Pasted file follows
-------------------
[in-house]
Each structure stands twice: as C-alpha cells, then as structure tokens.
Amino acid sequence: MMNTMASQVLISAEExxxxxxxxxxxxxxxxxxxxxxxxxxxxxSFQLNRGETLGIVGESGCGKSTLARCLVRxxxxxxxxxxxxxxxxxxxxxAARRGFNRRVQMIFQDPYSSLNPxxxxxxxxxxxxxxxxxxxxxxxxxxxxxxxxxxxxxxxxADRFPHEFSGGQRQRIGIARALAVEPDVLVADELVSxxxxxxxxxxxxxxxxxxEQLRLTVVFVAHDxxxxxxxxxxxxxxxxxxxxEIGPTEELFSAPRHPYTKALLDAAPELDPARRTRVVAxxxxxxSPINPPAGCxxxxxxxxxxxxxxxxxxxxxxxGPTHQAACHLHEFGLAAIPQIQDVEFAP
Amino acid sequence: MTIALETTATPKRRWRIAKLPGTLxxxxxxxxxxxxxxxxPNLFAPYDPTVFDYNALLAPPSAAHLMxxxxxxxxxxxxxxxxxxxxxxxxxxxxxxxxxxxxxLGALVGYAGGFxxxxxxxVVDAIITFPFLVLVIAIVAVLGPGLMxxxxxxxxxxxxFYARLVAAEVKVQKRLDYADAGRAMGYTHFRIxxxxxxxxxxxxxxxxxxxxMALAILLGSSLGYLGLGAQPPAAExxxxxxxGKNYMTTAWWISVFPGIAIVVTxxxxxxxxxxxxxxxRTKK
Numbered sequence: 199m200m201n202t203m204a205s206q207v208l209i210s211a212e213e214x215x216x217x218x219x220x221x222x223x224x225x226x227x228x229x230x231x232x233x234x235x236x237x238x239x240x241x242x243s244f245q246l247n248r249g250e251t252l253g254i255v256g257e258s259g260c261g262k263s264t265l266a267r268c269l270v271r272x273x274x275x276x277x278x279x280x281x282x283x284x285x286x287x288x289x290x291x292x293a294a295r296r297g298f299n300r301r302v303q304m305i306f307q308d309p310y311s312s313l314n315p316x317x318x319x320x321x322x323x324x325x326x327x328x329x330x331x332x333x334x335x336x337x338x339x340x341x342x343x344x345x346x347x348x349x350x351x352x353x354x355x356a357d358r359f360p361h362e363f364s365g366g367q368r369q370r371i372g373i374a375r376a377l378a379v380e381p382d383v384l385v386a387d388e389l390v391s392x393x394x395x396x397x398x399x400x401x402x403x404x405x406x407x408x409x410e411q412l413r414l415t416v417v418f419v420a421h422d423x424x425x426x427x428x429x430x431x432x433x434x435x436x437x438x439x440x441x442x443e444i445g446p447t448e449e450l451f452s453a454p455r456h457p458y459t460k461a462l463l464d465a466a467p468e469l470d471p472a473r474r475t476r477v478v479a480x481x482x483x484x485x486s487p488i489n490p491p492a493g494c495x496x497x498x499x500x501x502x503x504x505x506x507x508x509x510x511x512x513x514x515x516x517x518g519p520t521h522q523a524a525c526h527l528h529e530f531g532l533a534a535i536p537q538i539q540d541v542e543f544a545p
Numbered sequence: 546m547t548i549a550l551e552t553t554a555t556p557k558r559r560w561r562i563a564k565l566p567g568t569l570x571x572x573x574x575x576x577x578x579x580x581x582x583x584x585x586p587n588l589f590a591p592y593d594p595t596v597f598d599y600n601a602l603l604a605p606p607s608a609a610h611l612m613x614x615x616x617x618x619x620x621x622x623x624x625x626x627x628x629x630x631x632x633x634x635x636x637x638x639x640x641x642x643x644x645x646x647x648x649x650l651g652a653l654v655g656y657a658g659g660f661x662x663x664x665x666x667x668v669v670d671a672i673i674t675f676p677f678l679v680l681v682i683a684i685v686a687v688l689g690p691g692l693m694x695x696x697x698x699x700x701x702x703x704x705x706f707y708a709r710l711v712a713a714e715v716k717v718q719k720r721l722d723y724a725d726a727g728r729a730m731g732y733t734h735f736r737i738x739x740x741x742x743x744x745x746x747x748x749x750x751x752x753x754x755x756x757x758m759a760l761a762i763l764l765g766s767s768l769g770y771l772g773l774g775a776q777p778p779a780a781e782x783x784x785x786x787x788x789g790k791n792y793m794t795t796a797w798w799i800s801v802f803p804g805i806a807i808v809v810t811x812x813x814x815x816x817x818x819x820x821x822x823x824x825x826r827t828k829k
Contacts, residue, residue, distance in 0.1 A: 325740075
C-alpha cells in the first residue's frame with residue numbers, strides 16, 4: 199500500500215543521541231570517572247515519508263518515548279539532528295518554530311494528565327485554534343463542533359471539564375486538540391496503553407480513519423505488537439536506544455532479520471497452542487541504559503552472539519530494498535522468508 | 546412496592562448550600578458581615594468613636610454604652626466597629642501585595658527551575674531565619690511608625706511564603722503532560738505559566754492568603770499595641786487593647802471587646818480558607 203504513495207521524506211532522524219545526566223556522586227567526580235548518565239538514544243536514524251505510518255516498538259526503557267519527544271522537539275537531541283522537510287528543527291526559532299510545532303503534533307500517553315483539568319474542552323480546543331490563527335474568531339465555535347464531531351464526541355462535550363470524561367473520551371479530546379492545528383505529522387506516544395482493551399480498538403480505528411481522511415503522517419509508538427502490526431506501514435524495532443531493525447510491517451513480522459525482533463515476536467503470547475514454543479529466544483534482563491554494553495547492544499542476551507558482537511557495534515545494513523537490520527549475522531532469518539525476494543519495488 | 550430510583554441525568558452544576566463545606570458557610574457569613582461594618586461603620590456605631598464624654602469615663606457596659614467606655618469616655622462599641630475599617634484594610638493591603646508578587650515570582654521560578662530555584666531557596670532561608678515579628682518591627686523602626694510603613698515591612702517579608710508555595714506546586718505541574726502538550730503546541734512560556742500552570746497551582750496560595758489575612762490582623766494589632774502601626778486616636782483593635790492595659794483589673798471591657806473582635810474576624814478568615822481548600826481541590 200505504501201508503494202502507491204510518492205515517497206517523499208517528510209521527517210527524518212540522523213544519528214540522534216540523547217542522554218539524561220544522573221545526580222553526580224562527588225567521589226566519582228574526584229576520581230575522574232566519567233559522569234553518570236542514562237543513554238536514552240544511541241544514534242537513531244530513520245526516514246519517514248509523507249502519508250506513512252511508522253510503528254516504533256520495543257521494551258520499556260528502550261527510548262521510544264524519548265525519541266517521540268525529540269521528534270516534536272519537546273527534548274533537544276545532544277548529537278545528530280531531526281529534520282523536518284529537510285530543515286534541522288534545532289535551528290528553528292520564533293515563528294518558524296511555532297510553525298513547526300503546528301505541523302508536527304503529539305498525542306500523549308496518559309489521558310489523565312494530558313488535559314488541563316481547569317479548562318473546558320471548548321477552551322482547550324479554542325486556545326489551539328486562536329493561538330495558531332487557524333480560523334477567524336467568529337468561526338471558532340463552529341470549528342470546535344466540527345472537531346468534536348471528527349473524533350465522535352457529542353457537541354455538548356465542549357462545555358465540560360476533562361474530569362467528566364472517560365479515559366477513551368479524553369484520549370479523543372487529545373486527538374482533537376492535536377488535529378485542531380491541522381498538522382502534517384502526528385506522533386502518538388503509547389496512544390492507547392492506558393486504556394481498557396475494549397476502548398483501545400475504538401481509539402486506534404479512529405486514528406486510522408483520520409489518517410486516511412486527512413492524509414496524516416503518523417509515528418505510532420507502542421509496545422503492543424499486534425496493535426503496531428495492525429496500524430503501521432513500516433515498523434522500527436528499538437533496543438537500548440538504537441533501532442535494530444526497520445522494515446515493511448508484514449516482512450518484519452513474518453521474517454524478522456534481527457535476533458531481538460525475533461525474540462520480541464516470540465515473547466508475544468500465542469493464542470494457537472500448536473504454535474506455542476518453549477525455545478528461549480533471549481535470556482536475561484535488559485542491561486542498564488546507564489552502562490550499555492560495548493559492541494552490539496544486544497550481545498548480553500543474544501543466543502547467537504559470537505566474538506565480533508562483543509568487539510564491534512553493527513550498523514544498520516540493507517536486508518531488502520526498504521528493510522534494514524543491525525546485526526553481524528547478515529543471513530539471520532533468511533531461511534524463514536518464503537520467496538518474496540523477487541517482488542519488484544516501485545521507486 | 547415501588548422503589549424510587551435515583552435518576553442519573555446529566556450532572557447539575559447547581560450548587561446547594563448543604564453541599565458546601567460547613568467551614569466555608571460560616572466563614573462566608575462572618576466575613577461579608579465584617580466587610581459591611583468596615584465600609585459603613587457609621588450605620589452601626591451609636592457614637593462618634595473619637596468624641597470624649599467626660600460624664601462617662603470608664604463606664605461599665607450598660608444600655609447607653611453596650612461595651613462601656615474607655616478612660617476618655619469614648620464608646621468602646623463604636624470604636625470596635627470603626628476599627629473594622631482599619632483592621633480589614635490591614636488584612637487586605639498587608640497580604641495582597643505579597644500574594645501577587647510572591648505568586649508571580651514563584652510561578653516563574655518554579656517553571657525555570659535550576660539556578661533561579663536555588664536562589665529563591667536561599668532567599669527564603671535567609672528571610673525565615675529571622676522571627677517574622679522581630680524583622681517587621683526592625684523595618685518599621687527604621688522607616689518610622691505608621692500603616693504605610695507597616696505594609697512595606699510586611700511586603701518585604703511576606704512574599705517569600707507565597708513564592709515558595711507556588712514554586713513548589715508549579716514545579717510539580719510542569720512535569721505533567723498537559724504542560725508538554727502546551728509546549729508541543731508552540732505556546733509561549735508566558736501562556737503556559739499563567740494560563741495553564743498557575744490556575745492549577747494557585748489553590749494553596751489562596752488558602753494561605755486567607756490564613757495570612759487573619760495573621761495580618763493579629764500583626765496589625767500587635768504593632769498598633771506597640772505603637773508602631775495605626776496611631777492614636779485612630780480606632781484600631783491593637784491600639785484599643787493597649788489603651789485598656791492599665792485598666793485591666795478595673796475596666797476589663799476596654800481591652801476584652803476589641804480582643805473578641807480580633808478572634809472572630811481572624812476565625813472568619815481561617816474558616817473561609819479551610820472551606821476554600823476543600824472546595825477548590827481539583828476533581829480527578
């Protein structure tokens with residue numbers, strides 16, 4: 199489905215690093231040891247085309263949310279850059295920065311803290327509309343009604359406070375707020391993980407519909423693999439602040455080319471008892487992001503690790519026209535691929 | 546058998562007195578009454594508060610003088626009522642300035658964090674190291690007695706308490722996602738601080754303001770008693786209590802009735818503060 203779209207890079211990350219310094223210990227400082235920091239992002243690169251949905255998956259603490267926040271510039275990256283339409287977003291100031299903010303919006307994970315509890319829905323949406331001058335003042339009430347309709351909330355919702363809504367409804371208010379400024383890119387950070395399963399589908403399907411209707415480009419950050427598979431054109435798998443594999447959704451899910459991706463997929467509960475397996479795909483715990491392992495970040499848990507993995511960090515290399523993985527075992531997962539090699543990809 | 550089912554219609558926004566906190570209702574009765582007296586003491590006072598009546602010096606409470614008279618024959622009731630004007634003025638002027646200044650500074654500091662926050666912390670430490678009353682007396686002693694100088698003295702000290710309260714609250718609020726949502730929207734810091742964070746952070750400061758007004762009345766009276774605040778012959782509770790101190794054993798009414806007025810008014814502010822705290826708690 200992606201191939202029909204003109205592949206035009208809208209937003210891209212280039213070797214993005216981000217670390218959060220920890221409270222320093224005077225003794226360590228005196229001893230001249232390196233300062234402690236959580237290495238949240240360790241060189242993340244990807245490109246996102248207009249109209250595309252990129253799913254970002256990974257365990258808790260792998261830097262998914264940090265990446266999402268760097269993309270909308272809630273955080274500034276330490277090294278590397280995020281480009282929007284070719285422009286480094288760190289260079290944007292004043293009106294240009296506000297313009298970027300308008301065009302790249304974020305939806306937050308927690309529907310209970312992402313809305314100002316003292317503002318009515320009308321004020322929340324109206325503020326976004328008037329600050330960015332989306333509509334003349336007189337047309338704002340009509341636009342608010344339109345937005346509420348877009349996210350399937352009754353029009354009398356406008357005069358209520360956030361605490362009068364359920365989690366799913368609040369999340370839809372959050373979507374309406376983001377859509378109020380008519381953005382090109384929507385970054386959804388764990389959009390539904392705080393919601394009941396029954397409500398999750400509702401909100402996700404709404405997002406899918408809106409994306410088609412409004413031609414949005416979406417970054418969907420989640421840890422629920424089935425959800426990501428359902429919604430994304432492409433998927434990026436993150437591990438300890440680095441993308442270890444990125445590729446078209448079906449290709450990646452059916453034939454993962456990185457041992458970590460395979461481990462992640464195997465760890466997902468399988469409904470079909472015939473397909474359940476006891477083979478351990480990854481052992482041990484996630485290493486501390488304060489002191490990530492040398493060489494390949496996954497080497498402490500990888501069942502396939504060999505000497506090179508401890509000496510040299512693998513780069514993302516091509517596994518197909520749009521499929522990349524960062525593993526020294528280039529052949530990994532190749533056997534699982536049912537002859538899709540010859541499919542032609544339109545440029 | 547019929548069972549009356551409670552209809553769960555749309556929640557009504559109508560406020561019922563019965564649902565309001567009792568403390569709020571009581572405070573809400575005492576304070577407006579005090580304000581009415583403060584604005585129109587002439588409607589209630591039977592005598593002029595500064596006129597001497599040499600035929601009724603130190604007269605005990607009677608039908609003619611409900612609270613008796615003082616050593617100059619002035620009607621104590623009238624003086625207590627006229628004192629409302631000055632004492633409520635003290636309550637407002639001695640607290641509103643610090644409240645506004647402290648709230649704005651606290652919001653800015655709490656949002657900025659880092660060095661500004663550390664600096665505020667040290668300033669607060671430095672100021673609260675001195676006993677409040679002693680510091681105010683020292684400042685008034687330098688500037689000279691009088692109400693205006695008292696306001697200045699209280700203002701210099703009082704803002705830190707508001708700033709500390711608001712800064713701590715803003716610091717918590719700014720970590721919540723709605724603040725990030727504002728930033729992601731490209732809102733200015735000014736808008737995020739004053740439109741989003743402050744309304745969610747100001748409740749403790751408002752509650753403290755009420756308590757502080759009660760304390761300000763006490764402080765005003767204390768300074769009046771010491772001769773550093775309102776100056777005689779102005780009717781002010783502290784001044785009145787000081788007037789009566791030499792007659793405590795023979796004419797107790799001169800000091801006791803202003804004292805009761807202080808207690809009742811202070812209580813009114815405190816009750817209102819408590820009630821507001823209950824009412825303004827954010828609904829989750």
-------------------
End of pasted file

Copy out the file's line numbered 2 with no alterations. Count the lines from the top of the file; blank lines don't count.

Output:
Each structure stands twice: as C-alpha cells, then as structure tokens.